Nothing is redundant. It's bugged me since day 1, and now that I have like 1500 full rips, it _really_ bugs me. RAID never did everything I wanted. So I was looking around and thinking maybe I would build a Solaris ZFS box when I stumbled on unRAID. It looks like it would be _perfect_ for me.

So I think Im going to go that route and sell my 2 Chassis' and the card on eBay. It will be nice to have 3 boxes down to 1 with some level of fault tolerance. From the site fora, it appears that AFP is working or in the works.

Got a question about unRAID tho'.

How in the frak can I have unlimited media drives and a single parity drive and still survive a single drive failure? I just don't get it. Seems like some kinda' pocket-universe/bag-of-holding thing goin' on...

Oo

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(This post was last modified: 2010-03-30 01:37 by xaos01.)
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Kode Offline
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Post: #40
xaos01 Wrote:Got a question about unRAID tho'.

How in the frak can I have unlimited media drives and a single parity drive and still survive a single drive failure? I just don't get it. Seems like some kinda' pocket-universe/bag-of-holding thing goin' on...

Oo

Its just simple XOR

basically it reads all of the 0's and 1's on each drive and puts the result on the parity drive, ie

Drive 1: 0 1 0 0 1
Drive 2: 1 0 1 1 0
Drive 3: 1 0 0 1 0

Parity : 0 1 1 0 1

therefore if Drive 2 fails you are left with

Drive 1: 0 1 0 0 1
Drive 2: ? ? ? ? ?
Drive 3: 1 0 0 1 0

Parity : 0 1 1 0 1

All it has to do is work out what each ? needs to be in order for the value to equal the value stored on the parity drive
(This post was last modified: 2010-04-01 14:01 by Kode.)
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teeedubb Offline
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Post: #41
I use a amd le-1200 with 2 gig ram with ubuntu desktop installed (looking at switching to xfce soon). its more than adequate for serving media and downloading torrents, it takes around 8hrs to encode a dvd to mkv, but that isnt a issue for me as its on 24/7. id recommend using a pc over a nas box due to flexibility. ie you can add tv tuners and stream tv to any pc in your house

My Add-ons, only available for XBMC:
Steam Launcher|Music Party Mode|Reboot2oOS|Triple J Radio
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olympia Offline
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Post: #42
Kode Wrote:Its just simple XOR


Parity : 0 1 1 0 1

therefore if Drive 2 fails you are left with

Parity : 0 1 0 1 0

Parity remains the same, but I guess this is just a typo... Wink
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Kode Offline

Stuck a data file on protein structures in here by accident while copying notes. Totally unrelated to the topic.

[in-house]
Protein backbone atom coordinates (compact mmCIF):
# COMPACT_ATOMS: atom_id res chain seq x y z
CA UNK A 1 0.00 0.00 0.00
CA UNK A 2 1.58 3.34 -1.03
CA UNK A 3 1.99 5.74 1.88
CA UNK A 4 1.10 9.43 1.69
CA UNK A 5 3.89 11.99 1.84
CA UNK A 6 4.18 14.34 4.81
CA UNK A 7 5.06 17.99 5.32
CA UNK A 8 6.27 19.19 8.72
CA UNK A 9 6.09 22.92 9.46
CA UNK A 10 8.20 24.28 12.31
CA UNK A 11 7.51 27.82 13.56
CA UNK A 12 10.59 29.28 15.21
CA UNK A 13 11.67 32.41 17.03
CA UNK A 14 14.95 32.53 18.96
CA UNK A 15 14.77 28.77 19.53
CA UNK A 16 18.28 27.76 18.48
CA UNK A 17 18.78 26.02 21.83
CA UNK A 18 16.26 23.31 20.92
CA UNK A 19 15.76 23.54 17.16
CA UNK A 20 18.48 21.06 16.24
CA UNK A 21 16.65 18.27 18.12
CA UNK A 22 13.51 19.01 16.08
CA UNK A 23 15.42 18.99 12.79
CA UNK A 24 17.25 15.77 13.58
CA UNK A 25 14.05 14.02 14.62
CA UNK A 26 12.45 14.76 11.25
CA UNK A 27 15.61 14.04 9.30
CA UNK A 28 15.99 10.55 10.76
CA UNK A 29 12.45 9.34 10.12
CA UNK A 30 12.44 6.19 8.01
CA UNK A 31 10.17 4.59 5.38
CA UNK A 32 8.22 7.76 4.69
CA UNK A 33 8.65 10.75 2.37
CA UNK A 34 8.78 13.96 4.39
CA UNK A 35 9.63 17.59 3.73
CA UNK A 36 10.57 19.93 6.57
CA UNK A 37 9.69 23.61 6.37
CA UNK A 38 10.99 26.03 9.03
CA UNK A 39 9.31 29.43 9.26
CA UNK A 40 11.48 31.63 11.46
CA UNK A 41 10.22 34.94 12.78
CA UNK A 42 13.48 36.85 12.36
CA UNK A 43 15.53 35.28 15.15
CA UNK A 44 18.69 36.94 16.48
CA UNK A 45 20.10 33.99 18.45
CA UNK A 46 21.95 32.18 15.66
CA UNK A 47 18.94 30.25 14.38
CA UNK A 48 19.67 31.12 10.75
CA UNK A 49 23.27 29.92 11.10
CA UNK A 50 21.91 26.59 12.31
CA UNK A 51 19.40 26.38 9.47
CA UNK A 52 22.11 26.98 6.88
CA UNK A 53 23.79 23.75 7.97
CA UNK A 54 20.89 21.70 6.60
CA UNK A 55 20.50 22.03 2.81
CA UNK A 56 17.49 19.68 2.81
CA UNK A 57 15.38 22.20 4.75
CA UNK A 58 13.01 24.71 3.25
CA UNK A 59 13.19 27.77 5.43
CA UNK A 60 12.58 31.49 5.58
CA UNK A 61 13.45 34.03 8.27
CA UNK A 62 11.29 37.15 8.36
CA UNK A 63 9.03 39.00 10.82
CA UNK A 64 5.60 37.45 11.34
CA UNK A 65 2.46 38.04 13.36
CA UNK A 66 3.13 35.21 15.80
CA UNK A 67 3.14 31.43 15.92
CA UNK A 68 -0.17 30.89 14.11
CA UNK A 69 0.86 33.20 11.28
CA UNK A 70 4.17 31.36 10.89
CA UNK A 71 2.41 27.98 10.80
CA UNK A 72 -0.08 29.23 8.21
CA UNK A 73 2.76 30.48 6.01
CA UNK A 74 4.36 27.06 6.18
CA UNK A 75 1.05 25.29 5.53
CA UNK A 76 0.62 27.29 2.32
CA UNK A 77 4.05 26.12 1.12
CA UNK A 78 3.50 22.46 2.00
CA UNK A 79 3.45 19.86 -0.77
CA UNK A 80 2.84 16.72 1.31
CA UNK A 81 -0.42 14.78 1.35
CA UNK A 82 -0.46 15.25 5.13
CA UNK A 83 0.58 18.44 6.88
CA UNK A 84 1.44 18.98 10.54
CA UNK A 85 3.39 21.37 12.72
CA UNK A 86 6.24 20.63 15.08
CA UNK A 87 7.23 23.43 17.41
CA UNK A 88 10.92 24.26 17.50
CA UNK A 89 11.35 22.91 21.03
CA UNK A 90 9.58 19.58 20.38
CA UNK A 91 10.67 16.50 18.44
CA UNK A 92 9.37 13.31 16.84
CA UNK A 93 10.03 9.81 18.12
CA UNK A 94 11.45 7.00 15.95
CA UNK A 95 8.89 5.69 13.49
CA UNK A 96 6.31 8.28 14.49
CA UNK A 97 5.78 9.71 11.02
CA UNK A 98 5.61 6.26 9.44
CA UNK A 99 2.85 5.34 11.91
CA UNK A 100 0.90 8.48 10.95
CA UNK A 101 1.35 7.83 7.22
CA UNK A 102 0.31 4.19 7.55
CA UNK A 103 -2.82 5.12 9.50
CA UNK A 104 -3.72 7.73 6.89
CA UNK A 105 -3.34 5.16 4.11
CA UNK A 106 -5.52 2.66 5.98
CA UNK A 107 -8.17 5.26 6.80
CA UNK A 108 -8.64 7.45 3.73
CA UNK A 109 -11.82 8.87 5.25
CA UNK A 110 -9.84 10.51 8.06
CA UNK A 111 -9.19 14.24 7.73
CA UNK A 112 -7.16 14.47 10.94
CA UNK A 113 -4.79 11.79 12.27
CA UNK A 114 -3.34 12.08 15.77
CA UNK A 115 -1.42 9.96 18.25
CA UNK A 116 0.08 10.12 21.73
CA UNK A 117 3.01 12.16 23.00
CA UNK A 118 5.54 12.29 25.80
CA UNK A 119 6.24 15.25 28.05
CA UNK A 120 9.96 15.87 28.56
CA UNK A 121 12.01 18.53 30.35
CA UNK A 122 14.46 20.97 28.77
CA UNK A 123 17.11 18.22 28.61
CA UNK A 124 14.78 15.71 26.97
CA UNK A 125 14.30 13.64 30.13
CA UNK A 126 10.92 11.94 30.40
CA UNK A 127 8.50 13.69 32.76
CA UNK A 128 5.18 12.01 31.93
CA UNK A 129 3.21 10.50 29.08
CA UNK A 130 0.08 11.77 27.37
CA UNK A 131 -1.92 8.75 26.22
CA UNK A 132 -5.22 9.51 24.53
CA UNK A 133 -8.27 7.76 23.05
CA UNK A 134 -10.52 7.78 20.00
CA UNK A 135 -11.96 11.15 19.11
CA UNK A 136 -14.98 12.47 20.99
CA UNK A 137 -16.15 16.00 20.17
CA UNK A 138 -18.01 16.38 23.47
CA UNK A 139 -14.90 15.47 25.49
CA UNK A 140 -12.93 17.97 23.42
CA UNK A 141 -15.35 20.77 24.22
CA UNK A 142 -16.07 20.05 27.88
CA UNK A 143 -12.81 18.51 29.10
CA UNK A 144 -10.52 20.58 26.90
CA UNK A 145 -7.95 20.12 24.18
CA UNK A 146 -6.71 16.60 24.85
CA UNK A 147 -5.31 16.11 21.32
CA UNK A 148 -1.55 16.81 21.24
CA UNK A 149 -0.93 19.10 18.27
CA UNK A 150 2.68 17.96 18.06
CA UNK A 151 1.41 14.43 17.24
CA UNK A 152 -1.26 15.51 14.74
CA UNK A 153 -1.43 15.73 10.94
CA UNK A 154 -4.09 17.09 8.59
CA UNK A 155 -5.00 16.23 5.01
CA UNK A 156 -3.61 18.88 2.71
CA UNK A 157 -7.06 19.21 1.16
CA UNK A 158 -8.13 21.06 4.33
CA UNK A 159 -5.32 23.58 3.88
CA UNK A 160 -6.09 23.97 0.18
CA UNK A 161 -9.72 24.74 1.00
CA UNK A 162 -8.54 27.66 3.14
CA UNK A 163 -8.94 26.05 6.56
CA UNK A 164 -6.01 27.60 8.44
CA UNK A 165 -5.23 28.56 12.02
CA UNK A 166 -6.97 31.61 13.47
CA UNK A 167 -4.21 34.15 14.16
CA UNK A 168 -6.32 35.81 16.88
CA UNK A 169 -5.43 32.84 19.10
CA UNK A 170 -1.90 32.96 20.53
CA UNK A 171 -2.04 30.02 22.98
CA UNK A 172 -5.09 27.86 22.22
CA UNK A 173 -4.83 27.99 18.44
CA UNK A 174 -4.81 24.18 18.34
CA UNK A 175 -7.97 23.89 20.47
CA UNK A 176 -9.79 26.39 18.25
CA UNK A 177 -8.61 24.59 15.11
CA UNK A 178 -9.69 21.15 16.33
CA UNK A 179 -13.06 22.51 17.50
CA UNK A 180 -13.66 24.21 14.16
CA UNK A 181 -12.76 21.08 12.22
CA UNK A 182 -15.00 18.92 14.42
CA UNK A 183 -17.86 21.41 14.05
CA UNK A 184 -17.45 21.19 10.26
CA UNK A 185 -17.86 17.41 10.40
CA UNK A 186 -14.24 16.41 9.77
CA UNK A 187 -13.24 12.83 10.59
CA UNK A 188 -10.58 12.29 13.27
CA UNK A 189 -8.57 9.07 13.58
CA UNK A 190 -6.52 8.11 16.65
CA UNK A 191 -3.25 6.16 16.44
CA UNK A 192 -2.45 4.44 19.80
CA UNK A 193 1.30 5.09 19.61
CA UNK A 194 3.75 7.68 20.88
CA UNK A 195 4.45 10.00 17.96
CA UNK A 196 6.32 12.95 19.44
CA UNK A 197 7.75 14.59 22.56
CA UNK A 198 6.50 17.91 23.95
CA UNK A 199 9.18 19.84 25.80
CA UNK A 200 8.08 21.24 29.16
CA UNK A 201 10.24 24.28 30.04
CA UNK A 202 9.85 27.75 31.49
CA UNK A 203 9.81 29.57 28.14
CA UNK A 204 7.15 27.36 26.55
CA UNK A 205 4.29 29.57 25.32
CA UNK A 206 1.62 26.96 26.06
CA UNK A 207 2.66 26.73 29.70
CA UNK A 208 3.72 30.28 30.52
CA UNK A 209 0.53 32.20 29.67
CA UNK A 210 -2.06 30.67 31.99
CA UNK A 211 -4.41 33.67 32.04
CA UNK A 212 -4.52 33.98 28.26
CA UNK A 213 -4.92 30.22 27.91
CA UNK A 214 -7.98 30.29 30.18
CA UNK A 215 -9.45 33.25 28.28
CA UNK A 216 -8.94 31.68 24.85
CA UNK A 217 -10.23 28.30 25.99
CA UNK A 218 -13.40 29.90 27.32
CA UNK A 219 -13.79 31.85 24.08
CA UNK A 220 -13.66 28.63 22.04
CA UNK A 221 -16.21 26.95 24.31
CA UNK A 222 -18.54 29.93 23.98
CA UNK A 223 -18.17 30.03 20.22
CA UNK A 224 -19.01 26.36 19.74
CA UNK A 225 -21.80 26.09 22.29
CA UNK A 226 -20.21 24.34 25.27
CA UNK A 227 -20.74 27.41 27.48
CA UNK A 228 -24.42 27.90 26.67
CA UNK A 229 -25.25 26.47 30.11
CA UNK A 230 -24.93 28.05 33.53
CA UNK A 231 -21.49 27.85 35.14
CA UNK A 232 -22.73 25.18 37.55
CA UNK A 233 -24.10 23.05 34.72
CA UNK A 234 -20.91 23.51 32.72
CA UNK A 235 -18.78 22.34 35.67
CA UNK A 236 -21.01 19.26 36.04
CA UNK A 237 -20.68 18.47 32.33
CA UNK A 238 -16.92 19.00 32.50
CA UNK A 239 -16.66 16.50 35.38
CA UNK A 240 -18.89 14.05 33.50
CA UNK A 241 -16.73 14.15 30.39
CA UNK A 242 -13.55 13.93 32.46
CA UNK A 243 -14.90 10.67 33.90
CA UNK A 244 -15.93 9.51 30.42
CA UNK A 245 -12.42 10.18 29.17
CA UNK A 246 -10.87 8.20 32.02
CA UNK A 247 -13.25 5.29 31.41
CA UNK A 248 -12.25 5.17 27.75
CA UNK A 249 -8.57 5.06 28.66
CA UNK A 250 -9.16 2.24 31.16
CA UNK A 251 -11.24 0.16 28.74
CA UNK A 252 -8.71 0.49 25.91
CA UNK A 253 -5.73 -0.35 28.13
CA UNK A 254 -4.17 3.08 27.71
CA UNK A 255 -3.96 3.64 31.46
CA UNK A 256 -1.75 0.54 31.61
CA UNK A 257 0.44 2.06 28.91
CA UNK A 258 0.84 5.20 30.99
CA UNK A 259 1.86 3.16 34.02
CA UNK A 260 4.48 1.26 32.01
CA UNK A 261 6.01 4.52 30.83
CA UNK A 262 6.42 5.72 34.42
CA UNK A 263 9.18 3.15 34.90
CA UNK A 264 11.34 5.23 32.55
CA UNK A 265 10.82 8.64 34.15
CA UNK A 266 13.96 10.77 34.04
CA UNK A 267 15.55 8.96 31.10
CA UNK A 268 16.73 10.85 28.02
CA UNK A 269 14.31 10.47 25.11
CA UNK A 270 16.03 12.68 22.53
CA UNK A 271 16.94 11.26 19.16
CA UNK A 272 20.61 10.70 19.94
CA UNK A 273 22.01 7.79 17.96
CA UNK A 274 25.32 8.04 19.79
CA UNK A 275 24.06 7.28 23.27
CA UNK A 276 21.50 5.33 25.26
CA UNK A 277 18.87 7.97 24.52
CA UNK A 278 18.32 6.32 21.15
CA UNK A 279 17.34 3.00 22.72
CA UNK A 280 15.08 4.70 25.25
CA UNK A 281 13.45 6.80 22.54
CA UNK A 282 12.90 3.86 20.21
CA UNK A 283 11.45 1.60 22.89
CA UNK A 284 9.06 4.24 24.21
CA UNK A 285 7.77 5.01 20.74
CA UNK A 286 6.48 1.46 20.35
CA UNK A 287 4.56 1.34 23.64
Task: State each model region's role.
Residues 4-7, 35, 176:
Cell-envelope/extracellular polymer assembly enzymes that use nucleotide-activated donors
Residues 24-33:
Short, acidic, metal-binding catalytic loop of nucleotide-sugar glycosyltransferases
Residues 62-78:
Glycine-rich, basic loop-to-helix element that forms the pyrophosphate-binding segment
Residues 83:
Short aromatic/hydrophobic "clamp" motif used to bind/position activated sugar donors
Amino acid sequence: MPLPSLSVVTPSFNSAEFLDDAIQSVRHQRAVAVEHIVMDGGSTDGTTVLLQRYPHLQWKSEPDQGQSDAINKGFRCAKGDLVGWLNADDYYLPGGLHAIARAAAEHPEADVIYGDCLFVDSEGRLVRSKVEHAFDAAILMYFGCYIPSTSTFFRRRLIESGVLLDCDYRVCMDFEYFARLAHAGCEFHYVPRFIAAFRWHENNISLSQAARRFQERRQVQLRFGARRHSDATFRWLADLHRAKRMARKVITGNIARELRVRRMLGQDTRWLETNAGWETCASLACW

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Post: #43
olympia Wrote:Parity remains the same, but I guess this is just a typo... Wink

Yeah, i had to wait for my post to be moderated so i couldnt change anything, my point was as long as only 1 drive fails the missing drive can be worked out based on what would be required for all the disks to be the value stored on the parity drive
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woodeye18 Offline
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Post: #44
I use a WRT160nl Linksys router with usb support. It has my external drives attached to it, is always on and operates as a low energy NAS. It can be flashed with an opensource WRT OS also.
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Lakestang Offline
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Post: #45
I will cast a vote for Windows Home Server. I have been running a home built box since the beta and love it. I also have experience with the HP Mediasmart and really think it is the best network storage solution out there for the money.

I setup a MediaSmart on a very non-techie friends network more than two years ago and have not had to do anything to it, other than turn it on after power outages and add drives to it. They forget it is there. "oh, the little box in the spare bedroom"

You do not get a traditional raid, but, you do decide what folders to backup and it will do this automatically while serving all your network media needs AND automatically backing up all computers on your network.

The bonus is that if you lose a backed up computer, it is VERY simple to get it back with the server recovery feature. Also, if you want to upgrade your system drive, this is the same as a backup and painless. I have recovered from two hard drive failures with my WHS.

To me, this may be the most overlooked software/hardware solution out there.